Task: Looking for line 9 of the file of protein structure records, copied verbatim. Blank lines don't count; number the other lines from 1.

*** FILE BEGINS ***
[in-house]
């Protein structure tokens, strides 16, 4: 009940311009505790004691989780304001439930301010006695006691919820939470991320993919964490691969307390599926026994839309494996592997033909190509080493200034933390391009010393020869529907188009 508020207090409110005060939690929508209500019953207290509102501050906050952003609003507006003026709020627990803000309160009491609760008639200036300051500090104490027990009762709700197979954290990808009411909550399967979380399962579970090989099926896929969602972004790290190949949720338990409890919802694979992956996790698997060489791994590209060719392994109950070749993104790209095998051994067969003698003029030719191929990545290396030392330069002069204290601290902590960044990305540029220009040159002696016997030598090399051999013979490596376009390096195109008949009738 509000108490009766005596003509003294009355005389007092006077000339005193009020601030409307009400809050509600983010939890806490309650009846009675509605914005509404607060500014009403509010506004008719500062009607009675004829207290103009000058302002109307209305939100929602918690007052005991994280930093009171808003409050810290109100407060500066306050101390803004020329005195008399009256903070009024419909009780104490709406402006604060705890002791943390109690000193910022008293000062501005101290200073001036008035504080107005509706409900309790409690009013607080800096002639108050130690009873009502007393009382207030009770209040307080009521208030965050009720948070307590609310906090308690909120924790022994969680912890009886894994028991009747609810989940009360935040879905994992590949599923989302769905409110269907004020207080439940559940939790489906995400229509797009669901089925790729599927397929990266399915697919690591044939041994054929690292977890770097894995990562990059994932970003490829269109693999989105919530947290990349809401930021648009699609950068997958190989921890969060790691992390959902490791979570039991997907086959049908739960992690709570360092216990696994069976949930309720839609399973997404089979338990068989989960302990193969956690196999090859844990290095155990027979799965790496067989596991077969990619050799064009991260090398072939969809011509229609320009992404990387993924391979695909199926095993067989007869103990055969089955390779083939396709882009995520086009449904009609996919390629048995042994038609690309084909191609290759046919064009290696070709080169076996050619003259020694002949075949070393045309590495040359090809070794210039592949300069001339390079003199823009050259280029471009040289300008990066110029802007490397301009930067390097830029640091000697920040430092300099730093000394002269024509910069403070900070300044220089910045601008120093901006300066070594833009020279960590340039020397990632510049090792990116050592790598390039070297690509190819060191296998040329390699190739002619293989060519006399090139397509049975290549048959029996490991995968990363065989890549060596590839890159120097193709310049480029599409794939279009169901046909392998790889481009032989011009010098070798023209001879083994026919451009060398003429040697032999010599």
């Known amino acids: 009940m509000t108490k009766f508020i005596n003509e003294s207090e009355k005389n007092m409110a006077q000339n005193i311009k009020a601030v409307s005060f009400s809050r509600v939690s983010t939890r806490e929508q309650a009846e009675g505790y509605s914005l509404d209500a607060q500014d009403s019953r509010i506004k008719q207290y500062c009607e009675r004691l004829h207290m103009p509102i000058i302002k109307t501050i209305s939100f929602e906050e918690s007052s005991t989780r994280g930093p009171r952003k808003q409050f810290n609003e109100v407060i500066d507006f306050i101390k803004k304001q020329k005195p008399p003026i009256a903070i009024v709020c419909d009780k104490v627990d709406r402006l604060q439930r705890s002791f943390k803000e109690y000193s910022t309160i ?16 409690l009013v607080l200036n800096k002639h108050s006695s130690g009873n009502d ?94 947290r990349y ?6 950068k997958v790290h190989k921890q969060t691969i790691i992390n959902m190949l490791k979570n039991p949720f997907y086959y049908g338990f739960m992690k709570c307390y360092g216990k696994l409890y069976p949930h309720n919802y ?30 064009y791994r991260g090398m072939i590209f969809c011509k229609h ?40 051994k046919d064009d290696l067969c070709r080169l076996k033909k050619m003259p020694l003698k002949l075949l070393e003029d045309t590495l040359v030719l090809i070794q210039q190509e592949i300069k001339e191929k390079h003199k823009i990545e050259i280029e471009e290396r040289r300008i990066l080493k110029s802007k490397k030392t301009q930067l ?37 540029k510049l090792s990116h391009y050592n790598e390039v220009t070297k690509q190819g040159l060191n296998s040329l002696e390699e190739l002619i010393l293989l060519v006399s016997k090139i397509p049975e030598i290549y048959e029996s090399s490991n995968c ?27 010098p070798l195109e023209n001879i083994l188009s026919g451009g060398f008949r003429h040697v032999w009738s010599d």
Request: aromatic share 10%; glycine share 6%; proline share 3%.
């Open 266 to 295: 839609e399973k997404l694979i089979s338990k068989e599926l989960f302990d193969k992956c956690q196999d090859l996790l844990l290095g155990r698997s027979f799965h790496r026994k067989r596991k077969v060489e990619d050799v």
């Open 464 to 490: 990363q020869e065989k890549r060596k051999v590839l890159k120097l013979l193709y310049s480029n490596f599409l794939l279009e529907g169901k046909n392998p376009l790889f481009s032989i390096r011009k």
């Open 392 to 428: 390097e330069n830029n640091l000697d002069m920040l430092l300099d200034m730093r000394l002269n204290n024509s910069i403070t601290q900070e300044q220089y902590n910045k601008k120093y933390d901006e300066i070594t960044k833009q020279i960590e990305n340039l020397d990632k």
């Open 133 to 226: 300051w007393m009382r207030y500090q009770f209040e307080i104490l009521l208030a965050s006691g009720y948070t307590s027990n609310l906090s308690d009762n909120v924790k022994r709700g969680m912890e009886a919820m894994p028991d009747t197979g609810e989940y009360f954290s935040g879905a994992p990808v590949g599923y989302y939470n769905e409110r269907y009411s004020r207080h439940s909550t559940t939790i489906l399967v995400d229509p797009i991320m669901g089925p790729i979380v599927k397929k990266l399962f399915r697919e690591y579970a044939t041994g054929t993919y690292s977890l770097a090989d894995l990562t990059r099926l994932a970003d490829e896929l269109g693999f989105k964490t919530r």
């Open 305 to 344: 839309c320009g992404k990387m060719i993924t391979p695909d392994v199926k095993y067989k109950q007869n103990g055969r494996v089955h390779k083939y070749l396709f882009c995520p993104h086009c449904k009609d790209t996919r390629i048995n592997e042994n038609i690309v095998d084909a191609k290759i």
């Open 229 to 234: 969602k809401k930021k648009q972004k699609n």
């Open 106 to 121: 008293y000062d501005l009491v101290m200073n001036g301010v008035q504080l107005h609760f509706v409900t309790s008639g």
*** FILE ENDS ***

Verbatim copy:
């Open 305 to 344: 839309c320009g992404k990387m060719i993924t391979p695909d392994v199926k095993y067989k109950q007869n103990g055969r494996v089955h390779k083939y070749l396709f882009c995520p993104h086009c449904k009609d790209t996919r390629i048995n592997e042994n038609i690309v095998d084909a191609k290759i």